- I am pursuing my dream.
- I am happiest when I’m writing.
- Post this list somewhere you can see it so when that voice starts up about your inadequacies, you have a visual reminder that no, you are not all that bad at all.
- Add to your positive list daily.
OR HOW ABOUT THIS:
- Go for a walk.
- Or hum a tune.
- Or light a candle.
- Or take a deep breath.
- Then take another.
- Whatever it takes to calm down.
- You can’t make good decisions with all that noise crashing around in your skull, so just calm down.
- Calm. Down.
- Then start working.
These are things that work for me. How do you combat your own negative voice in your head?
Want something yummy to serve for breakfast? Got 10 minutes & a crock-pot? Here’s a recipe that, so far, has made everyone who’s tried it happy. Serves 8 – 10. Costs less than $10.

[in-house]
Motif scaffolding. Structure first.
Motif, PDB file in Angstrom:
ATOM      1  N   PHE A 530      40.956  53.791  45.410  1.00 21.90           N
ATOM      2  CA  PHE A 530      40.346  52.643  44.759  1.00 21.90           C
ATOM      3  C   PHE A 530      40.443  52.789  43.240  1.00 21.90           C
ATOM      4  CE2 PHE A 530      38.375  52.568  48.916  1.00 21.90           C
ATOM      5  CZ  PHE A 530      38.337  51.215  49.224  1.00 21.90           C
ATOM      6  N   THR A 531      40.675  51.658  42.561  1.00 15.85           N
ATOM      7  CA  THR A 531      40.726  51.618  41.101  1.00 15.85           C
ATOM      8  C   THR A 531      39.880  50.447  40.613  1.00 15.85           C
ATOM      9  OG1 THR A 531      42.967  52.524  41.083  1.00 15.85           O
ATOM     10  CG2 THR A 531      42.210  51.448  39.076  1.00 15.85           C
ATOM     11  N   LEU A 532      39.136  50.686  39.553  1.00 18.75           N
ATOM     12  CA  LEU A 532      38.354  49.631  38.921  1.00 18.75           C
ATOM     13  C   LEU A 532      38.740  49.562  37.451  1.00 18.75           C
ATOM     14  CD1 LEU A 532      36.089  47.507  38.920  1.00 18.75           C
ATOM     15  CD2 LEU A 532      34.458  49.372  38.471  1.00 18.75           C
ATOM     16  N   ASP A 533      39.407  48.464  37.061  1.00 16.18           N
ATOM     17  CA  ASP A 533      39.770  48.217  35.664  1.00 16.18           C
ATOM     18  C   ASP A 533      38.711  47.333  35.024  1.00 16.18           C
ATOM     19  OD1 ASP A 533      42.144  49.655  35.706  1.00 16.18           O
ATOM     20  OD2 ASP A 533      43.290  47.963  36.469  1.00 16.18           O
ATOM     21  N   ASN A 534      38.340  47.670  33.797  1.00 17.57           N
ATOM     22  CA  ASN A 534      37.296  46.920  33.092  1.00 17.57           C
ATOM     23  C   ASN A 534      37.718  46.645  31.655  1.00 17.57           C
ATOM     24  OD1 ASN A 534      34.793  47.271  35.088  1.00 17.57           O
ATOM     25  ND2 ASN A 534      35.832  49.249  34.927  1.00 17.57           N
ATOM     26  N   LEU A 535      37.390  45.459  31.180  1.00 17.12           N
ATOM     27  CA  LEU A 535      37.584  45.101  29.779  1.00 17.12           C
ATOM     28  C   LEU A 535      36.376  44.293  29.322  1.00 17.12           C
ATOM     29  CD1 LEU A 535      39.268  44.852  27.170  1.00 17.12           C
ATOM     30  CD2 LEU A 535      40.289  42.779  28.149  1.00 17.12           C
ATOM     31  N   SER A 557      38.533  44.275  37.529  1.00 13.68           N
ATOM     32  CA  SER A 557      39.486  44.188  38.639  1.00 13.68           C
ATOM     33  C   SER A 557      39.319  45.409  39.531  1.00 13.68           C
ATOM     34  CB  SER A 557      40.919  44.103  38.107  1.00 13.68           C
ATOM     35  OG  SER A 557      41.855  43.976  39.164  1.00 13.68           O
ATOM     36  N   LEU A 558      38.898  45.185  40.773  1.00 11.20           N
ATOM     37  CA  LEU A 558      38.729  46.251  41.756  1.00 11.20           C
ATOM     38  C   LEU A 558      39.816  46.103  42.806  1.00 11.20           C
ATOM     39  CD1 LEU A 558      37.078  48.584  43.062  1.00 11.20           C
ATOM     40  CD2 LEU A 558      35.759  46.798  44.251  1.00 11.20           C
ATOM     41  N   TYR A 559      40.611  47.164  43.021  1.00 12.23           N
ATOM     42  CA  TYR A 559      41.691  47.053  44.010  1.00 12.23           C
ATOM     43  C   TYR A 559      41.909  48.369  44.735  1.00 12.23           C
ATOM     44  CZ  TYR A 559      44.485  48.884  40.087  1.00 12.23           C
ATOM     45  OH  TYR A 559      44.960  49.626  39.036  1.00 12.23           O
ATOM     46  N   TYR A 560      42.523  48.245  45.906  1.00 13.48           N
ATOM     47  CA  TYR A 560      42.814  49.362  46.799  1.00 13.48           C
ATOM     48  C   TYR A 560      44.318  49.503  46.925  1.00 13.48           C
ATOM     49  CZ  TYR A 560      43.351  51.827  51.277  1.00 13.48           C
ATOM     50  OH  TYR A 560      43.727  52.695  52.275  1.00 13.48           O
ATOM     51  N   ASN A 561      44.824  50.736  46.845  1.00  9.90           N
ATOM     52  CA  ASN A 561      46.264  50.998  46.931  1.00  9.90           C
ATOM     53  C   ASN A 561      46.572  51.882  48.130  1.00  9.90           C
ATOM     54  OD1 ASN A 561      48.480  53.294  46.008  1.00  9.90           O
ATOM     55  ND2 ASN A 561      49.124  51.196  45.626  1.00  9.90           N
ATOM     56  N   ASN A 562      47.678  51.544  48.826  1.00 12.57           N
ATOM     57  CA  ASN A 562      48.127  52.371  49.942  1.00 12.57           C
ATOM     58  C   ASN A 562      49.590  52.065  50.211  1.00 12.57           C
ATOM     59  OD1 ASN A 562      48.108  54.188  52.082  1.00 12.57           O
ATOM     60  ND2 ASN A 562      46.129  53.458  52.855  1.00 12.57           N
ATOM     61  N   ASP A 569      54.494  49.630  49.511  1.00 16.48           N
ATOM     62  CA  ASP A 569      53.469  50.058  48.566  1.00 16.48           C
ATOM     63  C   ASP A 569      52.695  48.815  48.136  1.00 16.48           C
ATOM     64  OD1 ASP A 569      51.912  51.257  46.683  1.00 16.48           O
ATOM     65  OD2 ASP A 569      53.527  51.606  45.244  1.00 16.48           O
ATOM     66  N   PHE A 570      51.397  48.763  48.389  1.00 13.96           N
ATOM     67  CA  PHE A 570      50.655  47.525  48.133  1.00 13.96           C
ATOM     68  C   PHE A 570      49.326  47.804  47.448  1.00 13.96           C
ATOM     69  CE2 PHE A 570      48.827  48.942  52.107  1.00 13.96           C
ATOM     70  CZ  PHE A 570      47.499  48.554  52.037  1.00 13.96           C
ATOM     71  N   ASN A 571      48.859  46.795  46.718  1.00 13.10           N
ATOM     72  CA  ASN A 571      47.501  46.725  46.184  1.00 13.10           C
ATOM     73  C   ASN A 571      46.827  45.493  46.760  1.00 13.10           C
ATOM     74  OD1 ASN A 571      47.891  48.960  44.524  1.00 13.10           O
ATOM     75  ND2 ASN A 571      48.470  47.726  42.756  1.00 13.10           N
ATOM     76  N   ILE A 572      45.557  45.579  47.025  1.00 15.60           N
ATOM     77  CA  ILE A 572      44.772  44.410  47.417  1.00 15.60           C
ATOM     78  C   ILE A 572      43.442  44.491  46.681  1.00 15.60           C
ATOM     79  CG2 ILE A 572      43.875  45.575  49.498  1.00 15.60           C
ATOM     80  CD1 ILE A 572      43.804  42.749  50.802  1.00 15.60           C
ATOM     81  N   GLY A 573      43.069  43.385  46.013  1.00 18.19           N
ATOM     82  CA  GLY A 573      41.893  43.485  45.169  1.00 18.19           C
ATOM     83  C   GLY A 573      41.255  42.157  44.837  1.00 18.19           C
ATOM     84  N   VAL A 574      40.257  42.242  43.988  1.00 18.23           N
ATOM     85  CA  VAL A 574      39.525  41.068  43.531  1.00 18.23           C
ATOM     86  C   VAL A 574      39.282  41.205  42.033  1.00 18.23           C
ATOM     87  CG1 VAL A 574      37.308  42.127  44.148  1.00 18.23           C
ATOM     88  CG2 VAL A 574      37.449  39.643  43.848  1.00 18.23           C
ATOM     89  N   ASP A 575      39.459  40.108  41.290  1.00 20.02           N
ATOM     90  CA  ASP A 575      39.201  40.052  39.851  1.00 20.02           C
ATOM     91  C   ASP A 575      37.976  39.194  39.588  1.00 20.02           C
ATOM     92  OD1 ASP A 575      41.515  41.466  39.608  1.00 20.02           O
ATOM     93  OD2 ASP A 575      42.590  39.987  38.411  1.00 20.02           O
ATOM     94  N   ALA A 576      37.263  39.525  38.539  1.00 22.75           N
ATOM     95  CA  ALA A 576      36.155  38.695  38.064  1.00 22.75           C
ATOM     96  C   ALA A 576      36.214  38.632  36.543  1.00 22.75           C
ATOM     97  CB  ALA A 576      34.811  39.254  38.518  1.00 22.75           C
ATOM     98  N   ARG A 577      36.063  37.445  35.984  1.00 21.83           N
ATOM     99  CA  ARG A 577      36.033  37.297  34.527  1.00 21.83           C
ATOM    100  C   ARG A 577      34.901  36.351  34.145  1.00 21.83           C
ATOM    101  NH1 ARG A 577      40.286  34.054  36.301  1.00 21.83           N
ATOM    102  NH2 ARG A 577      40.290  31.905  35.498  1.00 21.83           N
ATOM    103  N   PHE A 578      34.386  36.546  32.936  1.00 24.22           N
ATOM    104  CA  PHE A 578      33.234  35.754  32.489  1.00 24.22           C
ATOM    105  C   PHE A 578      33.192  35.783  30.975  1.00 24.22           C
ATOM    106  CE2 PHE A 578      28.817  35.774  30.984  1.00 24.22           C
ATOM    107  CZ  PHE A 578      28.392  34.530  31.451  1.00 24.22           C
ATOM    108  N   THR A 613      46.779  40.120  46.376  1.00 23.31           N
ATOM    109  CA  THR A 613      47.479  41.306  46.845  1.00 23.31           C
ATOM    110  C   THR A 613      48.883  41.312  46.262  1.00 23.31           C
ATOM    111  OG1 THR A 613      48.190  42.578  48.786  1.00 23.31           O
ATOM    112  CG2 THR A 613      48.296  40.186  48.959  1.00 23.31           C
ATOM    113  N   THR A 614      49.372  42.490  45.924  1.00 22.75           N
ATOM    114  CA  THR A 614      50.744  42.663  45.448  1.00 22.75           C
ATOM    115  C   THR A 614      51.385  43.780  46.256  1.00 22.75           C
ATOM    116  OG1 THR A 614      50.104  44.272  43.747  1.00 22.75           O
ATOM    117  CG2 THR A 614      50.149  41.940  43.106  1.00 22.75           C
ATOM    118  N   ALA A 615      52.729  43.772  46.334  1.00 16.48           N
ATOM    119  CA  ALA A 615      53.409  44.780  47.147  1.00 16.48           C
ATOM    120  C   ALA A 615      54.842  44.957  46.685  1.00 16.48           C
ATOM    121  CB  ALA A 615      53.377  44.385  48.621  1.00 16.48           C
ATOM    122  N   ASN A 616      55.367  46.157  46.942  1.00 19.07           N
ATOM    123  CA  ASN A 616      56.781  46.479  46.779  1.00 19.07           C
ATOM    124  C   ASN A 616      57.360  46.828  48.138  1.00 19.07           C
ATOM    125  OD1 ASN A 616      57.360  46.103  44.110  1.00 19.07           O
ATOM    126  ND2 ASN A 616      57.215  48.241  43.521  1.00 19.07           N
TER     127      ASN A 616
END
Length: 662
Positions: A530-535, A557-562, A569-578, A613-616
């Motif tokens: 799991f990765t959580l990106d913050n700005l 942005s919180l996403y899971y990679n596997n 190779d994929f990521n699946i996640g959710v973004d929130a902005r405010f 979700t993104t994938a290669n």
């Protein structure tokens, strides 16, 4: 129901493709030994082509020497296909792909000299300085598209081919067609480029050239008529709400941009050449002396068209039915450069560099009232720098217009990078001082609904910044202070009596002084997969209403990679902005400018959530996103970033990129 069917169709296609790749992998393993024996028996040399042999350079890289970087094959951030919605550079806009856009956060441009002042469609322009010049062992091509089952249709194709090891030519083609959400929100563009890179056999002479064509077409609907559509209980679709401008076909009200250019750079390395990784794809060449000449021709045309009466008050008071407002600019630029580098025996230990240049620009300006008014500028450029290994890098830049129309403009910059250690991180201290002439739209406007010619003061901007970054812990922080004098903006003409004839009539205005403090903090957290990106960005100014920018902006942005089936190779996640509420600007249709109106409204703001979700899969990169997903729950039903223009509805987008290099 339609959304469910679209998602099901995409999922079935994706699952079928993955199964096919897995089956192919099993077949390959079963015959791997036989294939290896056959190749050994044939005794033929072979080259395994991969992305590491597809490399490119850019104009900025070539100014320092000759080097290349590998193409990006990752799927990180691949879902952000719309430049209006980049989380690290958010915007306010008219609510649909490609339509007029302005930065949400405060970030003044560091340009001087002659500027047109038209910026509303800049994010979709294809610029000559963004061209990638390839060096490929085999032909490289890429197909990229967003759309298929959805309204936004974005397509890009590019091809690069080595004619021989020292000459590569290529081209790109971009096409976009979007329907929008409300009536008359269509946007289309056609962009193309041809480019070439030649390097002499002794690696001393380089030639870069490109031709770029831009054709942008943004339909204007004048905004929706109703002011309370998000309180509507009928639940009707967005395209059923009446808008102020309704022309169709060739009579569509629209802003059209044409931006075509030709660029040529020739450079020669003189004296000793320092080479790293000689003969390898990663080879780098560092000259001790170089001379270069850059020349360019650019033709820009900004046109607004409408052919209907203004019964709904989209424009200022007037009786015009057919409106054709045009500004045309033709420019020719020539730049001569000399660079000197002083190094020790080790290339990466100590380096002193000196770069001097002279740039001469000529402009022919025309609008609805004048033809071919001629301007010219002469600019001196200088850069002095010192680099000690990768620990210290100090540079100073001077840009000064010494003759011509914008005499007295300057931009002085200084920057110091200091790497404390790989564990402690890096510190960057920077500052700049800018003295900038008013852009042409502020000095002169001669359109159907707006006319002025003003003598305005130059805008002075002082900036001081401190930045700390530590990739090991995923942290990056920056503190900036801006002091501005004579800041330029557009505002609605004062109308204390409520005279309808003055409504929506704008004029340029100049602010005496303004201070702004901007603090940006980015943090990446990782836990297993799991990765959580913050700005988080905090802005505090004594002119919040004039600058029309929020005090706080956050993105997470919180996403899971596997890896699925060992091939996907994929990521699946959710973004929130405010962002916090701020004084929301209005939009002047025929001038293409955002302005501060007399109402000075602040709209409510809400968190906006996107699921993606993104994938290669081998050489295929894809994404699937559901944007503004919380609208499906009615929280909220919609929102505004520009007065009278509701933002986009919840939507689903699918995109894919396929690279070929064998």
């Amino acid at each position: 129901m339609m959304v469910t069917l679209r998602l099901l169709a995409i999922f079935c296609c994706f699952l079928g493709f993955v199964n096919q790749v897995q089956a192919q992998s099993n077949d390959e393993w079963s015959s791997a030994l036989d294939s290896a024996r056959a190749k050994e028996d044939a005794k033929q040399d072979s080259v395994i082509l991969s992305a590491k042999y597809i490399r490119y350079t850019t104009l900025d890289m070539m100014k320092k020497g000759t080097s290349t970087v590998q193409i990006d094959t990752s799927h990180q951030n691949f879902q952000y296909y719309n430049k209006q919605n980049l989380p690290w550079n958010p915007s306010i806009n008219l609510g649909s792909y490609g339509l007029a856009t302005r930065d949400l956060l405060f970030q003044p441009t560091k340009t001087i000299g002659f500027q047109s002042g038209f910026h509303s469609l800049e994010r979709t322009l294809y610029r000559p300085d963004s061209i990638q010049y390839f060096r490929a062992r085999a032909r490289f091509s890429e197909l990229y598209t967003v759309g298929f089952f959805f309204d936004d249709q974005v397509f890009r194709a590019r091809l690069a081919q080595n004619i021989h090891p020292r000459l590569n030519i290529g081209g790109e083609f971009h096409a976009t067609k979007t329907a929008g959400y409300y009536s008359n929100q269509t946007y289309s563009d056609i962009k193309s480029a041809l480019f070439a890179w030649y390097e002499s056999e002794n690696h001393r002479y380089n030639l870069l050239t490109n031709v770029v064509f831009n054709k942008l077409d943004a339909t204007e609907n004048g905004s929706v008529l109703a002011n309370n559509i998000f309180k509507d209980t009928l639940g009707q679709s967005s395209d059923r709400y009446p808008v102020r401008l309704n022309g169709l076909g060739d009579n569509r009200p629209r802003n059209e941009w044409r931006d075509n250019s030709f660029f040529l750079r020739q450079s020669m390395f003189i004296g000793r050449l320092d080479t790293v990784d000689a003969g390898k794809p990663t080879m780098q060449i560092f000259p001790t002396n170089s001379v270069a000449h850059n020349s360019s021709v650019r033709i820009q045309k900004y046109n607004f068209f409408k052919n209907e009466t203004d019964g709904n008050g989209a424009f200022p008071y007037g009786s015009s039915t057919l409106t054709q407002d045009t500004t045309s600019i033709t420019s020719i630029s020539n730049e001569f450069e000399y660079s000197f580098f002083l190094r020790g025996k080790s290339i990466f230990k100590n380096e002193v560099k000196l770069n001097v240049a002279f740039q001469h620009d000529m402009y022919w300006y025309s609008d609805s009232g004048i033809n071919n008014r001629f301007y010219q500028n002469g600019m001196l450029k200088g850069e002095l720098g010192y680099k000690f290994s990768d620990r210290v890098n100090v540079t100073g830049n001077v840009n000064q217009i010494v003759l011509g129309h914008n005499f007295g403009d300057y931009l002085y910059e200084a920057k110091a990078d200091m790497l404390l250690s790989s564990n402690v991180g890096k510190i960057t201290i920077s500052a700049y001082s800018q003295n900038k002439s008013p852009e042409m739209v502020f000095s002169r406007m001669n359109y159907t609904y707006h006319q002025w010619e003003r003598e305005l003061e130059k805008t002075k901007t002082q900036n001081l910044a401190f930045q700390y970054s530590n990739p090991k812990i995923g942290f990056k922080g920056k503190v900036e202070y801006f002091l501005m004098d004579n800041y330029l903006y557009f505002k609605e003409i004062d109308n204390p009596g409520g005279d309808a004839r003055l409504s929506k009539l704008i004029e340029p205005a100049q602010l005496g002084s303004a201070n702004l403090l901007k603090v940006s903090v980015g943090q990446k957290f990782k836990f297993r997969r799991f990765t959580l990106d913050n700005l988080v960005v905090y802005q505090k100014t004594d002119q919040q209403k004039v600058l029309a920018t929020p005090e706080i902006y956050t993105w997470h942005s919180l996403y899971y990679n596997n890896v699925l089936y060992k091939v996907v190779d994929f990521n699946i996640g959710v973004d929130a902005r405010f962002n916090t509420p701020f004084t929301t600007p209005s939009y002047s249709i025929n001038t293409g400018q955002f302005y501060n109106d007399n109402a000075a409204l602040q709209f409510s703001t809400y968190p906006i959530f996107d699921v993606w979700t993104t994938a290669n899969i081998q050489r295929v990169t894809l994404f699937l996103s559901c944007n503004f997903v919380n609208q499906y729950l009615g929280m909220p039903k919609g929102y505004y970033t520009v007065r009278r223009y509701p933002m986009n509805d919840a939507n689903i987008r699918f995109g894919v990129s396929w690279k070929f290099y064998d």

- 2 cups all-purpose flour
- 1 tsp. baking powder
- 1/2 tsp. baking soda
- 1/4 tsp. salt
- 3/4 cup sugar
- 1 egg
- 2/3 cup milk
- 1/3 cup melted butter
- 1 tsp. vanilla
- 1 1/2 cups blueberries (if using frozen, make sure they are thawed, rinsed with cold water, then well-drained)
- powdered sugar
- fresh blueberries to garnish (optional)
- In a large bowl, mix flour, baking powder, baking soda, salt, and sugar.
- In another bowl, beat egg then stir in milk, melted butter, and vanilla.
- Add flour mixture to egg mixture & stir until blended.
- Add in blueberries & stir.
- Coat crock-pot with non-stick spray.
- Add mixture to crock-pot.
- Cover and cook on HIGH for 1 1/4 to 1 1/2 hours or until edges start to brown & a toothpick inserted into the center comes out clean.
- Let cool for about 10-15 minutes then remove the bread from the crock-pot.
- Serve warm with powdered sugar sprinkled over top & fresh blueberries as a garnish.
Please keep in mind that cooking times may vary so the first time you make a recipe, keep an eye on the crock-pot. You may need to adjust the amount of cooking time.